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What lies beyond the stars?,
This review is from: The Sky's Dark Labyrinth (Sky's Dark Labyrinth Trilogy) (Hardcover)
This is a most intriguing book - the author has written many non-fiction books on astrophysics and astronomy, and here presents the stories of Johannes Kepler and Galileo Galilei in fiction - but so true to what must have been the reality, that you feel like you're looking in the window on the lives of these men and those around them - those who dared to challenge the Church's authority on the position of the planets, and the centrality of the Earth in the cosmic system. As well as the Church, the holders of the Holy Roman Empire also, so often, were men of very strong ideals and ideologies. The penalty of failing to keep the Church at bay is made very clear in the first few pages of the book, with the ultimate penalty being paid in 1600 by Giordano Bruno, burned for heresy.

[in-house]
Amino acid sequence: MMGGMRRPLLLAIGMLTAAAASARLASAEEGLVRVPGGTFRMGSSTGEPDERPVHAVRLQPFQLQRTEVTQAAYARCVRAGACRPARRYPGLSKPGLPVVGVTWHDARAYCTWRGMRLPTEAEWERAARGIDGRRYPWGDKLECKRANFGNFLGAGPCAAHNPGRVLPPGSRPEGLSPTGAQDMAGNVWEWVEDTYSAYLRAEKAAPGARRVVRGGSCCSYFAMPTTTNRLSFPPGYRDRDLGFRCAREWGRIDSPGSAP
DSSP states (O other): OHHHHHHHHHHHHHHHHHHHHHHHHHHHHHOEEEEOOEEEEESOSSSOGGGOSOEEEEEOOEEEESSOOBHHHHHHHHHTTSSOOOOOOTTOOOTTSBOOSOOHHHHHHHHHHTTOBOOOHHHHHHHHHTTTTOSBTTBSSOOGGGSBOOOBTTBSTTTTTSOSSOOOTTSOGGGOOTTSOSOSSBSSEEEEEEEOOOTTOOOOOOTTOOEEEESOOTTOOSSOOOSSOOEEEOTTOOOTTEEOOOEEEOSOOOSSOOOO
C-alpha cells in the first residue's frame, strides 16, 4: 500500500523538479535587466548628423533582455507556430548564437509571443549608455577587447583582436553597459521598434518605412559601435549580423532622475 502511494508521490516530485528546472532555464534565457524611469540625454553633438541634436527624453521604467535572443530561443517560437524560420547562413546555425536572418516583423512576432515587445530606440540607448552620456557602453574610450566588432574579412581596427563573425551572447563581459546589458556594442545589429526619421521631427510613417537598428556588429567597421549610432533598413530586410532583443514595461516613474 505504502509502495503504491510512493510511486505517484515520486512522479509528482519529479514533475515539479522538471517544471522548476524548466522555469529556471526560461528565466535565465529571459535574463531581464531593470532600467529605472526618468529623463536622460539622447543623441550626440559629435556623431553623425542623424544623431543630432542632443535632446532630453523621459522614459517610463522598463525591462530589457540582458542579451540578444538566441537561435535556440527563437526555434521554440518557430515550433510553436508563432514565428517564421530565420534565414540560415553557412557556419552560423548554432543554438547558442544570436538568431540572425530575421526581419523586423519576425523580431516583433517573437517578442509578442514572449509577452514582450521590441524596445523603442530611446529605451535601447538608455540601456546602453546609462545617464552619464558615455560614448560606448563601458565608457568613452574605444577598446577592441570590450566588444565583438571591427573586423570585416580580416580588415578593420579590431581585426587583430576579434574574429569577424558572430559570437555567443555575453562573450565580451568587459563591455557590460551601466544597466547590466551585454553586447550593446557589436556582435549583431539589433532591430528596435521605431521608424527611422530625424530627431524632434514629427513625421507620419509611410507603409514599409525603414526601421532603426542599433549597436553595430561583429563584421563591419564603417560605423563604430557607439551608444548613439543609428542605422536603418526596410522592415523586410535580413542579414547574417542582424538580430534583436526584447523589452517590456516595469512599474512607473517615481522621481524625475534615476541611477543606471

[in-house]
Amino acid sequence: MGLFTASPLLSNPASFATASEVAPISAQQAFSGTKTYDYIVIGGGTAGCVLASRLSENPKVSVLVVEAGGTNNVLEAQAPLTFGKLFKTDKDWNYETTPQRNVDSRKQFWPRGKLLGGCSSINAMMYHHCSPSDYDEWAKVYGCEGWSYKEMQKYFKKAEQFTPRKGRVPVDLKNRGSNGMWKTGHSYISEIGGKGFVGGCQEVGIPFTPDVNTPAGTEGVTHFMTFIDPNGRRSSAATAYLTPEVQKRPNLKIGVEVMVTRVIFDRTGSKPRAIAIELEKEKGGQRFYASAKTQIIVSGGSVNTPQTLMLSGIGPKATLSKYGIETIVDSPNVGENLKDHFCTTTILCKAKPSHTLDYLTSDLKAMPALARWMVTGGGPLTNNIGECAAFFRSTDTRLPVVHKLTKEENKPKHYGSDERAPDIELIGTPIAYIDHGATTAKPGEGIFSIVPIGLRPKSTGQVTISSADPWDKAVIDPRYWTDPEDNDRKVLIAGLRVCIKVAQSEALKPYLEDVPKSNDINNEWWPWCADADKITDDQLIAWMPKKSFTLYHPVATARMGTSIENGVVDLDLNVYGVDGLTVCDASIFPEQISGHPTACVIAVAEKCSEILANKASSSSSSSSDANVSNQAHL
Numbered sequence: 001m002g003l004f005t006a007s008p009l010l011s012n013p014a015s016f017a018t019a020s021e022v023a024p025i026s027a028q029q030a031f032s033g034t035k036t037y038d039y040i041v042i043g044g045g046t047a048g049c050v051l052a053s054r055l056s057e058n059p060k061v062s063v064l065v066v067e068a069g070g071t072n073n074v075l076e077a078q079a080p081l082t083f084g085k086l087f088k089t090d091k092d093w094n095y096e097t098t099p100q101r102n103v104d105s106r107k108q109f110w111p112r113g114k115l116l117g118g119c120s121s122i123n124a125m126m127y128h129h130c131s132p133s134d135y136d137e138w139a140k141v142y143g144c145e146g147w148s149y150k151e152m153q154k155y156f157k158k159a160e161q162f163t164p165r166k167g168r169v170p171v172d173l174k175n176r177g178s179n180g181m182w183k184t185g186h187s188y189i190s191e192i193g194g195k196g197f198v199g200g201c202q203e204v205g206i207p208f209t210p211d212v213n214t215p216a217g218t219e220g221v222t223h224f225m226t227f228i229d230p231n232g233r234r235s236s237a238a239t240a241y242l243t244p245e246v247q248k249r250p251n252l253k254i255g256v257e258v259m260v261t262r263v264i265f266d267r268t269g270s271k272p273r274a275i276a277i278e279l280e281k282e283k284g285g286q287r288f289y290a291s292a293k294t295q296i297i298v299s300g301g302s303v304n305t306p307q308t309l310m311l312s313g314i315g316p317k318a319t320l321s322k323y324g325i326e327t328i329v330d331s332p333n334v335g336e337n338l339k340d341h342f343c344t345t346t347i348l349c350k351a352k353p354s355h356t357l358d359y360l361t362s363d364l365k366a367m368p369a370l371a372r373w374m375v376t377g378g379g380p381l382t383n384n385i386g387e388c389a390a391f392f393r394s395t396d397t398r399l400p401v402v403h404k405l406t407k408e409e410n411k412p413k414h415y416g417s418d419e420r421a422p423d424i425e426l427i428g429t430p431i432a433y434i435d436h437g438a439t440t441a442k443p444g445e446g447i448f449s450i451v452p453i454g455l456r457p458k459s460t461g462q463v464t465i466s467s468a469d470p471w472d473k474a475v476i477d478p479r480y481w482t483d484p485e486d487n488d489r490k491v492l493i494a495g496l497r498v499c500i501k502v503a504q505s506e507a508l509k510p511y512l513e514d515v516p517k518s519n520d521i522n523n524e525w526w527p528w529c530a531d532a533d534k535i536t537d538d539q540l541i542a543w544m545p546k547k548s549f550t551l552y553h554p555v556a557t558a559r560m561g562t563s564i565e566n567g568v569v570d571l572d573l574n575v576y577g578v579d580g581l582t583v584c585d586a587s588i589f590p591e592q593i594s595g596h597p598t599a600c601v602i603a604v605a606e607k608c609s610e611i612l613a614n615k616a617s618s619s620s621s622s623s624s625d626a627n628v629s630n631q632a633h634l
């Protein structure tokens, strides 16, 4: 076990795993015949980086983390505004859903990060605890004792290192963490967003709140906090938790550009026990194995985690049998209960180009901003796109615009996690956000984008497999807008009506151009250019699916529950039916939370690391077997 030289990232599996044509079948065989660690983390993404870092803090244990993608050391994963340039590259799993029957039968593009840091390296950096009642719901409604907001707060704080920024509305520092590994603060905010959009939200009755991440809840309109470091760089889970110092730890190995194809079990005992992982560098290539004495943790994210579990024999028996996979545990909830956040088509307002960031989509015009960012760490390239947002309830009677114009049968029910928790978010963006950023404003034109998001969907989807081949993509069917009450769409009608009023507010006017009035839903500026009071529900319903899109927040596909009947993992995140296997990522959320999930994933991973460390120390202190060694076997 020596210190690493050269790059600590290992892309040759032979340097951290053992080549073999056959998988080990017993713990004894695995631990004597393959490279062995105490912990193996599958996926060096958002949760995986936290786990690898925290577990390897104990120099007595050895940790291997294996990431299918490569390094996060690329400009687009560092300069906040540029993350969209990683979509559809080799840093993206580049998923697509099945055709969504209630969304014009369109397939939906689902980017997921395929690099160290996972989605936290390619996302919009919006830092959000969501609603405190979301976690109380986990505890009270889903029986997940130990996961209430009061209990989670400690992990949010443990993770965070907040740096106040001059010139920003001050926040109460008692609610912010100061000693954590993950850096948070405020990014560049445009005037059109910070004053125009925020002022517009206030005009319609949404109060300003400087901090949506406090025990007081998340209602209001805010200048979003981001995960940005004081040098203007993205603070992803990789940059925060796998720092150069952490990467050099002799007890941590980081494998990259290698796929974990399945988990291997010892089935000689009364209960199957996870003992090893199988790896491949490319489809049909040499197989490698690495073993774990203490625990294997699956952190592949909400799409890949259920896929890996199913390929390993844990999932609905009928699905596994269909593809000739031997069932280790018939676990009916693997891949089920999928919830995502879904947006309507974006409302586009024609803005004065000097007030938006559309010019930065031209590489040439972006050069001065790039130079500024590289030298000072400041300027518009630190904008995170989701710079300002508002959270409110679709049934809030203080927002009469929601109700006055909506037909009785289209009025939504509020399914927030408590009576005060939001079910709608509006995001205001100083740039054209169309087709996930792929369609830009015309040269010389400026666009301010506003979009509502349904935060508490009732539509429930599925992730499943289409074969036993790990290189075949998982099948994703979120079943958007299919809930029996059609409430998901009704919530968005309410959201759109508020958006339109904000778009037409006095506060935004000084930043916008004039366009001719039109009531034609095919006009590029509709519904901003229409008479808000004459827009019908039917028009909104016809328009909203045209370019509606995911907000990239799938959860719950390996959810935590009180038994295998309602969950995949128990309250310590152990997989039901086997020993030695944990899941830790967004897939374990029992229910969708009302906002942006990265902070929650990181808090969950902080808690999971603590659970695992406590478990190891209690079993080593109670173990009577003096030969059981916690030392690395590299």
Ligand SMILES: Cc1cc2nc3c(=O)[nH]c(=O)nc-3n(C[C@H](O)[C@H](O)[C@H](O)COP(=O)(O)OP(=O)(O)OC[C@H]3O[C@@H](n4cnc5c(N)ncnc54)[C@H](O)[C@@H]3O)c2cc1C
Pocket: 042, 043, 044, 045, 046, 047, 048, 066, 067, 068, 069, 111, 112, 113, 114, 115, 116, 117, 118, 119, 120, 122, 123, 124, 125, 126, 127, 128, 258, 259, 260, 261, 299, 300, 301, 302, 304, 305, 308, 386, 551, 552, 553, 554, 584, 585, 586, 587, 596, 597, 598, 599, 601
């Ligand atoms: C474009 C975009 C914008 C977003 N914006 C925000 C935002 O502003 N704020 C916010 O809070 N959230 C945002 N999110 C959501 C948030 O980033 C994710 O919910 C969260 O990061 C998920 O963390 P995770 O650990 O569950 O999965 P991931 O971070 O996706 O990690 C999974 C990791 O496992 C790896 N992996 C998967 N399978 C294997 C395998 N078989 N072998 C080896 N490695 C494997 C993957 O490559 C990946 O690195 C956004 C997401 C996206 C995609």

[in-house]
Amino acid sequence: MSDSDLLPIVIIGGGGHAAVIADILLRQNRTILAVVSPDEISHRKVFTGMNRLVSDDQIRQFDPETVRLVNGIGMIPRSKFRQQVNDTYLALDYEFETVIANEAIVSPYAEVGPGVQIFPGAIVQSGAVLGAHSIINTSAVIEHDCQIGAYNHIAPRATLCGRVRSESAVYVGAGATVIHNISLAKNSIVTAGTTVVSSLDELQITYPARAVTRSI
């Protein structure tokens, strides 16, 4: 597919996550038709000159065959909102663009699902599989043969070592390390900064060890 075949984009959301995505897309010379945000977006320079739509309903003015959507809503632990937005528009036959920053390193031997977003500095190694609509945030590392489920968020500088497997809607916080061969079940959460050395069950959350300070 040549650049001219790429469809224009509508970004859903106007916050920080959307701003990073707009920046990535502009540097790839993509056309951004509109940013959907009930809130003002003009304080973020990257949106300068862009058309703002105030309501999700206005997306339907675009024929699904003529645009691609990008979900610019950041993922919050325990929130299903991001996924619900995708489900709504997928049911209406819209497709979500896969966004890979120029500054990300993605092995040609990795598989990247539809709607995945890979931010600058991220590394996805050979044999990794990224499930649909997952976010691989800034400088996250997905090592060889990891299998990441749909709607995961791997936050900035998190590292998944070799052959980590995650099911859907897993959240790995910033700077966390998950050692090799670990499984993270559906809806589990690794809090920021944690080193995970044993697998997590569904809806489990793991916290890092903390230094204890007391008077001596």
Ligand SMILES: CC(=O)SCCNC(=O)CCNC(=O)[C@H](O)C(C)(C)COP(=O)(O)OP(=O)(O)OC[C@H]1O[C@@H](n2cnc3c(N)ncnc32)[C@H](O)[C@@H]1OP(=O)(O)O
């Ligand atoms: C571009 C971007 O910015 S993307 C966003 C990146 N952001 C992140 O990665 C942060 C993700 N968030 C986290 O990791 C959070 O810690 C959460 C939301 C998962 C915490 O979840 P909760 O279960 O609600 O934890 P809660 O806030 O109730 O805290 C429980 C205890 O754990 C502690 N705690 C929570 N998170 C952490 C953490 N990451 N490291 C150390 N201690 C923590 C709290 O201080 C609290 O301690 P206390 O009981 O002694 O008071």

What drove men like Copernicus, Brahe, Kepler and Galileo to search for the ultimate answers in the skies? This book goes a long way to making that clear to a reader new to the subject. And it's a fascinating journey. While the science in these stories could be overwhelming, the author writes clearly and precisely; making it plain to the interested reader just how these discoveries so massive to the future of science could first have come about.
Intriguingly, in reading the BBC History magazine which I just got out of the Library (october 2011, Vol 12, no. 10) there is an article on "A History of Science in 10 ½ objects" - objects that have transformed our understanding of the world (and universe) around us over the past 500 years. At number 1 is Tycho Brahe's mural quadrant. At number 2 is Johannes Kepler's model of the universe. Most interesting - really brings it all to reality that you can't ignore.